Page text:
The Gustavian Weekly

Classics Never Go Out of Style | The Gustavian Weekly

By Daniel McCrackin - Opinion Editor | February 26, 2016 | Opinion

The value of studying classic literature is often overlooked when students face increasing pressure to study science or math based subjects.

The value of studying classic literature is often overlooked when students face increasing pressure to study science or math based subjects.

In an age of living dominated by science and technology, people are beginning to put less value in studying classic literature. What is classic literature?

Many would argue that it is a piece of poetry, a book, or an article written long ago, such as Homer’s Iliad or Dante’s Divine Comedy, both of which still receive recognition today.

However, for the purposes of this article, classic literature is defined as any great literary work that has had a lasting impact on art, literature, and thought.

This would put works such as the Odyssey in the same category as Lewis Carroll’s Alice’s Adventures in Wonderland or Michael Creighton’s Jurassic Park.

This doesn’t mean that said works are equal in their impact, only that they have each had a lasting impact and thus can be referred to as classic literature.

So why has society started to move away from studying classic literature, and what is it about these works that makes them worth studying?

In contemporary society technology is everywhere: our cars, phones, computers, and even our door locks have integrated technology into them.

Technology is moving forward and improving at a rapid pace. People want to harness, build, and improve the things that they see in their daily lives around them.

So why has society started to move away from studying classic literature, and what is it about these works that makes them worth studying?

For instance, if someone’s computer were to suddenly freeze up due to faulty hardware, it is more preferable to them to have the means and skills to fix it themself.

Even if they do not, then at the very least they know that there are trained professionals who can fix it for them.

As technology leaps ever forward, it is the demand for those who can build, fix, and improve it that makes STEM programs seem so seductive, drawing people away from studying subjects such as history, humanities, and classic literature.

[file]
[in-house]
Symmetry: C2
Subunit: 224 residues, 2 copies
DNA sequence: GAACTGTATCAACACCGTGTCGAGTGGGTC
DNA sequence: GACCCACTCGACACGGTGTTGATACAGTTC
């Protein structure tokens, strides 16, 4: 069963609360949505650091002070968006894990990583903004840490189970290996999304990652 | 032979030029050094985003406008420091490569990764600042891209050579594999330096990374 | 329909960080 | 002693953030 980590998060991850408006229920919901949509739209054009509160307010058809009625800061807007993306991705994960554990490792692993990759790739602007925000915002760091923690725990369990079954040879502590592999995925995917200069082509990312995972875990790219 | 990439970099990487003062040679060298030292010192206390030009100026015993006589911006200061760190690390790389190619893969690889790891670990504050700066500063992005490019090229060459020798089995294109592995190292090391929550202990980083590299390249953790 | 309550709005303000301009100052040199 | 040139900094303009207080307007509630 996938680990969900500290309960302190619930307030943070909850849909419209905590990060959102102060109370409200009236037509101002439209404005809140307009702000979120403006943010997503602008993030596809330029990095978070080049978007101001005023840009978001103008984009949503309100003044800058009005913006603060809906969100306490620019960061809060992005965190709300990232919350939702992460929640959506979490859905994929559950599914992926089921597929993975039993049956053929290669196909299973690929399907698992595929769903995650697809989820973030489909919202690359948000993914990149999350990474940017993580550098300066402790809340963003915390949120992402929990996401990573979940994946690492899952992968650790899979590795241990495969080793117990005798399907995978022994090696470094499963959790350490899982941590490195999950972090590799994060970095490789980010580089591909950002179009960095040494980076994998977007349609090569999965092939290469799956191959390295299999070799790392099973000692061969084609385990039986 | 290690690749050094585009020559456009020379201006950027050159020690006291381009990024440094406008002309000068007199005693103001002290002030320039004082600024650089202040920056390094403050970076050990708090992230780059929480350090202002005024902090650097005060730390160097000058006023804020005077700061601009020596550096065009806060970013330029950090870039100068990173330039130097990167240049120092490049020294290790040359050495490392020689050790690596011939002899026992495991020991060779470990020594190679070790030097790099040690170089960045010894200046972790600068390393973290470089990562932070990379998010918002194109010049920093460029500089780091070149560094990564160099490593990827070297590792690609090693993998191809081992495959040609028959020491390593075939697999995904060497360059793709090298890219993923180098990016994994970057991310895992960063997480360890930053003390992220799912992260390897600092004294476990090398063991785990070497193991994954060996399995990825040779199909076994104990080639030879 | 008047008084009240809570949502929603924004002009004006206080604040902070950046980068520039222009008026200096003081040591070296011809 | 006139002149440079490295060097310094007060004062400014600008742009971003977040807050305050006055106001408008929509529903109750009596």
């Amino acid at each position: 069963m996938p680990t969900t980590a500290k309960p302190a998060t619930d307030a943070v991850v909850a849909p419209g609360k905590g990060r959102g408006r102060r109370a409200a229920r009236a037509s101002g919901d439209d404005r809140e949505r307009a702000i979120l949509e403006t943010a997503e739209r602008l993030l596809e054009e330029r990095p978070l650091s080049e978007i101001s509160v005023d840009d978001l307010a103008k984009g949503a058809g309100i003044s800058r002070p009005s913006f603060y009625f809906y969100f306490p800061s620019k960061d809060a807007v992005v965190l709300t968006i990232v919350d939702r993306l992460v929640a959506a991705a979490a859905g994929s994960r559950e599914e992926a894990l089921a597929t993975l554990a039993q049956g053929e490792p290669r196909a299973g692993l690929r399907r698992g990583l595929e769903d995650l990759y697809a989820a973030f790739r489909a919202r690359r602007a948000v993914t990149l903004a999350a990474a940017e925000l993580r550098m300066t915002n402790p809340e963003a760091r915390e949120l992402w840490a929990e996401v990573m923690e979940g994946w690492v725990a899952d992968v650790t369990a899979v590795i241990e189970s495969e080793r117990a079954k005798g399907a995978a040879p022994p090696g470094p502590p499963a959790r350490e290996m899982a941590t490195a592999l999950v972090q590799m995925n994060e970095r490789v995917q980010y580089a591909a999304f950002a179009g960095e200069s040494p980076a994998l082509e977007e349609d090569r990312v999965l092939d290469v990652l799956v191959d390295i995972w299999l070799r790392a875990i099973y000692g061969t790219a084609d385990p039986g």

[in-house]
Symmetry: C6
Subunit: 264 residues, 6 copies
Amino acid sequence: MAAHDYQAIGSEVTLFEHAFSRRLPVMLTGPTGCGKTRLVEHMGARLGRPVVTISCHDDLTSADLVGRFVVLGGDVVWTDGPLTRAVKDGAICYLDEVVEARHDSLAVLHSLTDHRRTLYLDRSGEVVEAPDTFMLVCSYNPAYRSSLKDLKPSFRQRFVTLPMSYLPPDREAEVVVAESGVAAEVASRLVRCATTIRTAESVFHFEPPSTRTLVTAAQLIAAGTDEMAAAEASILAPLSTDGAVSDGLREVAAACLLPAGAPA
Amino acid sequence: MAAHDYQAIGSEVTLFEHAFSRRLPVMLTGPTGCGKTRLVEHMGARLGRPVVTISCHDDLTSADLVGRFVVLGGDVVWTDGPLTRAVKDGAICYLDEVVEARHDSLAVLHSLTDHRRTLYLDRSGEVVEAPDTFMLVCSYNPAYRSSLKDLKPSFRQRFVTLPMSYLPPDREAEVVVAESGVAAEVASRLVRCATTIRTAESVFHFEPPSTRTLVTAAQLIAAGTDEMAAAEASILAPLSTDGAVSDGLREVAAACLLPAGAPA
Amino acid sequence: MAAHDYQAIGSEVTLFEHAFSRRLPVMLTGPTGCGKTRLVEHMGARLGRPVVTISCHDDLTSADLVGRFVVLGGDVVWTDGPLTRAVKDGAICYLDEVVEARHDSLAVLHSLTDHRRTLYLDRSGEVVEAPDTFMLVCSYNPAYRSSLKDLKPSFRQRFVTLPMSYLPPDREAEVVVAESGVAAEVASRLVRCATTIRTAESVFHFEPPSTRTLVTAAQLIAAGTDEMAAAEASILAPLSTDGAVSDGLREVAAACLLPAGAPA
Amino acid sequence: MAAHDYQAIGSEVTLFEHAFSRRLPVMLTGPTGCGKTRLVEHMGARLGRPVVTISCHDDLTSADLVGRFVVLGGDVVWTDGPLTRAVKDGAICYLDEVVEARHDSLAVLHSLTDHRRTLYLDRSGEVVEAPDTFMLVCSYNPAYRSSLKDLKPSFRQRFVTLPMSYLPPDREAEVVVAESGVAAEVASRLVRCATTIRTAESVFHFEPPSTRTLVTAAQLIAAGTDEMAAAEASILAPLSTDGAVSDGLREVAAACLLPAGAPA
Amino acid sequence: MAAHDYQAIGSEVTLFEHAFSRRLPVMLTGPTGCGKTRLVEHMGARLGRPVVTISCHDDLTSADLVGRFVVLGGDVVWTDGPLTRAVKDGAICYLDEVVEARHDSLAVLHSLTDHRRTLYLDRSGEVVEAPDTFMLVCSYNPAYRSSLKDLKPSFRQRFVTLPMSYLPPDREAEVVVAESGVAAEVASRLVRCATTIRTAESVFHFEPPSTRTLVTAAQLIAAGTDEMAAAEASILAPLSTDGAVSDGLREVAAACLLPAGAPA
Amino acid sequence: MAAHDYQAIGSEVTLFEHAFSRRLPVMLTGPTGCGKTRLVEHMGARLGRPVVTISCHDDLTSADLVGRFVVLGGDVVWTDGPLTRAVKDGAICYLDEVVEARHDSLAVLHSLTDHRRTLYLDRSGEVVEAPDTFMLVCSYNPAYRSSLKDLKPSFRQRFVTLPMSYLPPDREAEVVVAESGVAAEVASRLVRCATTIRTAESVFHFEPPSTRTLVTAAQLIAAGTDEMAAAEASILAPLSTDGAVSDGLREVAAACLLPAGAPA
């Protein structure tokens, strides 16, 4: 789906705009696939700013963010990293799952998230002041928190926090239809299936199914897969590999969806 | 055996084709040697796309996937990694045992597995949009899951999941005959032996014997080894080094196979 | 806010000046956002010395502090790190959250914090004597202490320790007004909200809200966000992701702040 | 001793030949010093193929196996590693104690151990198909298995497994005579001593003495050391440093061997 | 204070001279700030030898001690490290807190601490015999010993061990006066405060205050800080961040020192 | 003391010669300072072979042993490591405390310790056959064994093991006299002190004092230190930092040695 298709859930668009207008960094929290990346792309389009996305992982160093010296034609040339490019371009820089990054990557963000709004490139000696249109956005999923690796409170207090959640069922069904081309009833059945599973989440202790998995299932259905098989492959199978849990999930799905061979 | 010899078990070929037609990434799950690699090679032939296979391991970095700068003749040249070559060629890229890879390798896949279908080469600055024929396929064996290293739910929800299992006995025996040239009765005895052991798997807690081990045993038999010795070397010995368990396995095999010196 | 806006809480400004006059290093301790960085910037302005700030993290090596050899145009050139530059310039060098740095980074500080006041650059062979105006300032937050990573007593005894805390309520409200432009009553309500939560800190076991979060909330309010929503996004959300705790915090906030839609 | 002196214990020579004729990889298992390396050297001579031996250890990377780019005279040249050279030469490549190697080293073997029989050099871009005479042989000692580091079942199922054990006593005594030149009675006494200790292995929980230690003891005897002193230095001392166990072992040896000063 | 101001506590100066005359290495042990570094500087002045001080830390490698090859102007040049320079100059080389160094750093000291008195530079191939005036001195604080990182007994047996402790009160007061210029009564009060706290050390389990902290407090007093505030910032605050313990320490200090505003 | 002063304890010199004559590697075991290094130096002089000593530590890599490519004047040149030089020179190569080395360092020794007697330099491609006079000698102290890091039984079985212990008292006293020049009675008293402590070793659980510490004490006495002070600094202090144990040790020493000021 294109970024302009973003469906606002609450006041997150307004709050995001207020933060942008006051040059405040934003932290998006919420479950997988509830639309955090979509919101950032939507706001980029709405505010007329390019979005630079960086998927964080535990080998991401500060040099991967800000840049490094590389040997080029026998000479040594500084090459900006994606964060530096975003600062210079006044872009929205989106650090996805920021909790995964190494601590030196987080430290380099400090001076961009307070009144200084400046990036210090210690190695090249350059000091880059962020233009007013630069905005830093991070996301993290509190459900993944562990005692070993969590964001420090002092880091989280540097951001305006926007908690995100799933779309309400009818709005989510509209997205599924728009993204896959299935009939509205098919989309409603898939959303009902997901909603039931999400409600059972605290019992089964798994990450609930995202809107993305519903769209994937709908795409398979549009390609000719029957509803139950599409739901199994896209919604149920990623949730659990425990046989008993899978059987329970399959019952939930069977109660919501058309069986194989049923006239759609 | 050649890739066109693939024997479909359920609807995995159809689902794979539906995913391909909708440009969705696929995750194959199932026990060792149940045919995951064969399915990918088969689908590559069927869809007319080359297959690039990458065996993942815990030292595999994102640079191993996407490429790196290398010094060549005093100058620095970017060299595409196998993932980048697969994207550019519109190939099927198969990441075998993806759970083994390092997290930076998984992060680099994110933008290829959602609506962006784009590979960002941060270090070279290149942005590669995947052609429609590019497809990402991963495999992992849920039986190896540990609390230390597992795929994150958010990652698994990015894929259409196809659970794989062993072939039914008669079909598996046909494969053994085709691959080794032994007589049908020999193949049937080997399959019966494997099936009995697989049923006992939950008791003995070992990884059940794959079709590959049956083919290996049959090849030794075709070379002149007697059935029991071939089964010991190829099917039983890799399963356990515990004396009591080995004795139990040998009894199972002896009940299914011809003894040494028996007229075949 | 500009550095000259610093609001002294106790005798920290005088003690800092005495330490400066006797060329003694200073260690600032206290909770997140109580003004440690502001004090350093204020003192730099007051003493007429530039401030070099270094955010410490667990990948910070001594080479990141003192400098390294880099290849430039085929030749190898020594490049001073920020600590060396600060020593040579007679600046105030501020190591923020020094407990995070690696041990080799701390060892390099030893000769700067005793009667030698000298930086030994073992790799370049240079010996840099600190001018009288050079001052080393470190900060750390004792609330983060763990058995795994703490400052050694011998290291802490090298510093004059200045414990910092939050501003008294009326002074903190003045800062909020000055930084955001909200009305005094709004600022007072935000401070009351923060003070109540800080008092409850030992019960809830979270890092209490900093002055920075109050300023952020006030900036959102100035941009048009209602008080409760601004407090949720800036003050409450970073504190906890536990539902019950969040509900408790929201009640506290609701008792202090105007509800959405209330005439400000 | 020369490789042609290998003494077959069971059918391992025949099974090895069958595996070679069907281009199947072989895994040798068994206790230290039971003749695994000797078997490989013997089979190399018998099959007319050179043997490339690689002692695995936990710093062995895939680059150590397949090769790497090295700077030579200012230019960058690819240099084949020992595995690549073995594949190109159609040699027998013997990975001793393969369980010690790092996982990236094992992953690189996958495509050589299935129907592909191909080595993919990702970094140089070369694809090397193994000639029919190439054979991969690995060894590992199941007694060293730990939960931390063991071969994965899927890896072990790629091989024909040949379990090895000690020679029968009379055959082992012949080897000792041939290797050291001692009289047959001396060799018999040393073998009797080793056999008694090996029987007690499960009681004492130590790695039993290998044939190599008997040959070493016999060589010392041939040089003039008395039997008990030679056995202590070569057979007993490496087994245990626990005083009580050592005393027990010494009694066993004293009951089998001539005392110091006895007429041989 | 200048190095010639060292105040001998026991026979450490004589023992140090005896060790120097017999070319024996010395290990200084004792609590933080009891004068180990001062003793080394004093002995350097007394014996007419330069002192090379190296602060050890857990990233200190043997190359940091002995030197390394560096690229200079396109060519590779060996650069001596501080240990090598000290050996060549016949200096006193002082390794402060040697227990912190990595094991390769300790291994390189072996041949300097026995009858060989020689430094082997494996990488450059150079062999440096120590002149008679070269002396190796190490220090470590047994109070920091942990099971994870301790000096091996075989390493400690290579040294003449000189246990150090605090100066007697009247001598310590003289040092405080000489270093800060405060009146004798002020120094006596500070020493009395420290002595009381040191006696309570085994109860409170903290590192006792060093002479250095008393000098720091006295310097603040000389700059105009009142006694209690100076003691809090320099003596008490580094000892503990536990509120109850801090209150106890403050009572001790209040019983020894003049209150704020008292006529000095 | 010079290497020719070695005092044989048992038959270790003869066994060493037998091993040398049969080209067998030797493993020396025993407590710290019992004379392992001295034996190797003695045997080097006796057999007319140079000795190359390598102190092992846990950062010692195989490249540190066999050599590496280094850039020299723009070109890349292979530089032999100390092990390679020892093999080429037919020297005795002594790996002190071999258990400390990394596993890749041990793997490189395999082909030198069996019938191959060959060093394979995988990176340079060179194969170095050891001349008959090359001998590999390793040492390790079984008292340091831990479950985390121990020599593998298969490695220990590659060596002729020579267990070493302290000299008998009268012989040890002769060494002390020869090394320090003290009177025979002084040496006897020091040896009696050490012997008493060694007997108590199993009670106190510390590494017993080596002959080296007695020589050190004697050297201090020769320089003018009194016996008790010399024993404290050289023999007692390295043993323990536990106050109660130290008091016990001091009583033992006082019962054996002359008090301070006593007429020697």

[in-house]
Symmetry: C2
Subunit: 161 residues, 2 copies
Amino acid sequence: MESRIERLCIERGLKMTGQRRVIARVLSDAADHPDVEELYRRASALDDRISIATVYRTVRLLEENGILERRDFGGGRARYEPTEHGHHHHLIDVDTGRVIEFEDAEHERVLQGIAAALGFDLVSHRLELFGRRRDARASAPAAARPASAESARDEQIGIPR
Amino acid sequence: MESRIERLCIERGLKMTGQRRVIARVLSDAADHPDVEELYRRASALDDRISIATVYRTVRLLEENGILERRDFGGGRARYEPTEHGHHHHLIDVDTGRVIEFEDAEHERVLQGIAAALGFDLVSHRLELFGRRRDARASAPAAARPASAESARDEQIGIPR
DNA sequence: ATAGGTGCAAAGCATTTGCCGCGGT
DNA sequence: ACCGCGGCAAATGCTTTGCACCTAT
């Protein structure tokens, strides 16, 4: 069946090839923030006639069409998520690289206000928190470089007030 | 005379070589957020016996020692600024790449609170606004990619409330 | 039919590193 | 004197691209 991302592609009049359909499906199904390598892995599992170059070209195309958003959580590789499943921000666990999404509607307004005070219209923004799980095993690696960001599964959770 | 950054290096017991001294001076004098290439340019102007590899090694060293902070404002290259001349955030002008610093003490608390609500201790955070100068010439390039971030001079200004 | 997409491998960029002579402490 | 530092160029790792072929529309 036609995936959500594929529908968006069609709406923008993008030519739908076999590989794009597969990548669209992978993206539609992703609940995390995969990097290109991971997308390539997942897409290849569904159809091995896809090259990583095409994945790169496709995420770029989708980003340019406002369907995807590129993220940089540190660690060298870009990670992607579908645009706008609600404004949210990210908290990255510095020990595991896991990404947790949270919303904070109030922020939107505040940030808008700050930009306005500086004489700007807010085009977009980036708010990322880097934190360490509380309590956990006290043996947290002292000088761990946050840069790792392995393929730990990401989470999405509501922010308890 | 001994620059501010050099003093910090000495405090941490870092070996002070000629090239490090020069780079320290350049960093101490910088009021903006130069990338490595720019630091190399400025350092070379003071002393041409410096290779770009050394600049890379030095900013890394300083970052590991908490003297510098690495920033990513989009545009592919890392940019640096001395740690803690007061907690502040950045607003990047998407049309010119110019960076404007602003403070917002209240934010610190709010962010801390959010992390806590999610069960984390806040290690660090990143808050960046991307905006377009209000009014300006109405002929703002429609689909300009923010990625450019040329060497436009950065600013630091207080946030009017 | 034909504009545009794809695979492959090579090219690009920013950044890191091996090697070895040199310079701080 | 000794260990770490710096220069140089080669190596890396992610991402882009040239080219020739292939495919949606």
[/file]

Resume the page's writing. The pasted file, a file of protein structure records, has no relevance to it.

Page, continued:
People no longer see the value in understanding the intricacies of language, rhetoric, and literature because they don’t seem to have any practical use.

This is not the case, however, as studying literature in depth allows for the development of deep thinking and analytical skills that can be applied to a number of different venues.

Classic literature is timeless, and the lessons learned in it apply to any number of contemporary issues.

Classic literature is timeless, and the lessons learned in it apply to any number of contemporary issues.

While you may never be called upon to recite the first 300 lines of the Inferno, studying them allows you to learn skills such as reading in detail and understanding things in context.

It also expands vocabulary and helps to improve writing and communication skills, which are useful in any work environment, especially those involving technology.

People no longer see the value in understanding the intricacies of language, rhetoric, and literature because they don’t seem to have any practical use.

Studying classic literature also allows you or anyone else around you to understand the context of events that are unfolding in politics, law, economics, and popular media.

Classic literature goes even deeper, however, in the benefits that it garners through this proliferation of technology in today’s world.

With the advent of devices such as touch screen phones, tablets, and e-readers the availability to access and read classic literature has escalated dramatically.

This mass dissemination of knowledge and ease of access has opened many doors for students, teachers, and the general public to acquire and read works that originally could only be read by specialized scholars and those with the connection to view old tomes.

Studying classic literature also allows you or anyone else around you to understand the context of events that are unfolding in politics, law, economics, and popular media.

But thanks to technology, almost any classic work can be read in a digital format. Such access allows people to read works like Machiavelli’s The Prince or George Orwell’s 1984 and find scholarly journals to help them understand it.

Why study classic literature? Because it has never been easier to do so before in the history of humanity, and it has had such a lasting impact on how we govern our politics, laws, and economics.

It turns us into better writers, readers, and thinkers. It allows us to improve ourselves so we can improve the world around us.

It provides us the opportunity for new expressions of art and literary works. Because it ]mattered yesterday, it matters today, and it will matter tomorrow.